11/18/2012 9:00 AM

TARAH SABBATINO PHOTO | A bald eagle in the osprey’s nest on Colonel’s Island on the Peconic River between Flanders and the Indian Island Golf Course in RIverhead.

Flanders resident Tarah Sabbatino has a new neighbor.

Over the past couple weeks she said she kept spotting what she thought might be a bald eagle in the osprey’s nest on Colonel’s Island, just south of the Indian Island Golf Course in Riverhead.

On Saturday, she finally got close enough with her zoom lens to snap a few photos of the bird to confirm it is, in fact, a bald eagle.

She said she first spotted the bird after Superstorm Sandy struck the area. She believes it could have been chased here by the storm.

03/11/12 11:00am
03/11/2012 11:00 AM

BILL ZITEK COURTESY PHOTO | Two Eastern bluebirds light on a nest box at Mashomack Preserve on Shelter Island.

With a bit of help, the beautiful and melodic, but unfortunately uncommon, Eastern bluebird might make a North Fork comeback.

Anyone interested in lending a hand can learn how during a special program on Saturday, April 7, at the Red House at Inlet Pond County Pond in Greenport.

The Eastern bluebird (Sialia sialis) is not only the small thrush famous for sitting on James Baskett’s shoulder as he sings “Zip-a-Dee-Doo-Dah” in Disney’s movie, “Song of the South” — it’s also the New York state bird.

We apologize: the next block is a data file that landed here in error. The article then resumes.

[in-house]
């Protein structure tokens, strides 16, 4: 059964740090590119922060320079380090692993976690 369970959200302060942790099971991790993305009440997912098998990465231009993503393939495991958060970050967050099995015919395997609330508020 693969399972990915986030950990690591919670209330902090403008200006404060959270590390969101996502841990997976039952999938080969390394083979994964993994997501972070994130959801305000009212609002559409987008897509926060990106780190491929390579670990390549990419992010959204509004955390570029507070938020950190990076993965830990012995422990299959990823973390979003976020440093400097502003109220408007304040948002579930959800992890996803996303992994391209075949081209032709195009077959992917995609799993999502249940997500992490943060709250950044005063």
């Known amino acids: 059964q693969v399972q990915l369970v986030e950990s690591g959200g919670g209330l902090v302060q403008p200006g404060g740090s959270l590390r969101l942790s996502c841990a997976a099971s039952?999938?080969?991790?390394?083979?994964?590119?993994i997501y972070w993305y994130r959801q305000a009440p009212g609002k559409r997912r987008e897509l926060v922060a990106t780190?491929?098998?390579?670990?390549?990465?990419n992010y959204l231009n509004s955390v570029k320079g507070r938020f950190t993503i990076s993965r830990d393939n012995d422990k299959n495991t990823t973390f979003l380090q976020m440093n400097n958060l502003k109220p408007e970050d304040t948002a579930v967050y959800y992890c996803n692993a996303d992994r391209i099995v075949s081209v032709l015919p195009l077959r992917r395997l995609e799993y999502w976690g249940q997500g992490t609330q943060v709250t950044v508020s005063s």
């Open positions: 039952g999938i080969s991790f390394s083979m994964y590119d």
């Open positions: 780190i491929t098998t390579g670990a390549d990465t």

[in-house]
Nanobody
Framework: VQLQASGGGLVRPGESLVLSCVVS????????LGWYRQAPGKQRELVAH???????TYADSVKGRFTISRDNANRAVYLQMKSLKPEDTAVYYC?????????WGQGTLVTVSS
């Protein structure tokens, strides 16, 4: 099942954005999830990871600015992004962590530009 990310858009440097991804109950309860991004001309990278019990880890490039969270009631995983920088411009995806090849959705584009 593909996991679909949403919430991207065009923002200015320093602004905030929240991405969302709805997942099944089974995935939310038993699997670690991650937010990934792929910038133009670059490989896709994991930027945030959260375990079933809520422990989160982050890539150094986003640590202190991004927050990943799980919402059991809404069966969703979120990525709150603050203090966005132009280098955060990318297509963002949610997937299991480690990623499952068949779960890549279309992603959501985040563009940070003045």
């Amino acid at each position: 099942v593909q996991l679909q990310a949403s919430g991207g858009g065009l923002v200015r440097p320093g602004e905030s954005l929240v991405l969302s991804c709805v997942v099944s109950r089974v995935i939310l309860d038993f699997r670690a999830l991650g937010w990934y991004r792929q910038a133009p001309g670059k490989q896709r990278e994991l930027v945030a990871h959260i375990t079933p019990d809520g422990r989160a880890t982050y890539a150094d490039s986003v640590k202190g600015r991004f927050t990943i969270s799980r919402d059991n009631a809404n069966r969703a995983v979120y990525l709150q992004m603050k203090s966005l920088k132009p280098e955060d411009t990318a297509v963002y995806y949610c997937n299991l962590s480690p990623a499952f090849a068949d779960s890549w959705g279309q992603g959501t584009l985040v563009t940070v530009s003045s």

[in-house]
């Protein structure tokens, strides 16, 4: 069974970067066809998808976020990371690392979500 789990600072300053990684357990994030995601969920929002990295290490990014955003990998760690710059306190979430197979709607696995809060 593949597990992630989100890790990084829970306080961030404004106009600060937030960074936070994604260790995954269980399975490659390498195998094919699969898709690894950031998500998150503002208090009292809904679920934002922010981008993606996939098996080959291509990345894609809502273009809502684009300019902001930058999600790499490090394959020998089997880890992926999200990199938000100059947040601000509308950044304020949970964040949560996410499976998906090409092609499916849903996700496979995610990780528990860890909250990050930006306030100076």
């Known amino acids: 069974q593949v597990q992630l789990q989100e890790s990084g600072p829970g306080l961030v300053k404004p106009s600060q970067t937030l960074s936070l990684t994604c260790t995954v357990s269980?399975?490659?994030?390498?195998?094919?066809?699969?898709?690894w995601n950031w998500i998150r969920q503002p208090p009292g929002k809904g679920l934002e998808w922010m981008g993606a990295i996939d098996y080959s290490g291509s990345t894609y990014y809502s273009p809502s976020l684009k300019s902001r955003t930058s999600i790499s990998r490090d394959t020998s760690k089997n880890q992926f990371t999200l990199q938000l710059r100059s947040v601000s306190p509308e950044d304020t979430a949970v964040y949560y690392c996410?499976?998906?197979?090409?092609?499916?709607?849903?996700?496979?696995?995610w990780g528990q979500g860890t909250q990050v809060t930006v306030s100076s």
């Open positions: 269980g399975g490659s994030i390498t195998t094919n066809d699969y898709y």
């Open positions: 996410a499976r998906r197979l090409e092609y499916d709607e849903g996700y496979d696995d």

The songbird’s “tu-wheet-tudu” call is rarer than it once was due to a loss of habitat, rough winters and competition for nesting sites with introduced bird species like the house sparrow.

“In 1940, Roy Latham, a wonderful North Fork naturalist, counted 400 bluebirds at Orient Point. Now we’re lucky if we count 20 at a time,” said Bill Zitek, a director of the New York State Bluebird Society and retired veterinarian with the North Fork Animal Hospital.

John Ruska, president of the New York State Bluebird Society, will speak during the April 7 session, starting at 7 p.m. His comments will be more than just wishful thinking.

Grass roots movements to create and maintain nest boxes led to the removal of the species from the state’s endangered, threatened and special concern list in 1999. A bluebird nest box program began at the Mashomack Preserve on Shelter Island in 2001.

Paired boxes are set five to 15 feet apart. Every year, volunteers clean out the nest boxes posted throughout seven of Mashomack’s meadows in the beginning of April to prepare for bluebird nesting. Volunteers then return once a week to observe what’s happening in the nests and record their findings. They recorded 15 bluebird chicks in the first year and were up to 48 chicks in 2011.

The information volunteers gather is sent to Cornell University’s ornithology department as part of Project NestWatch.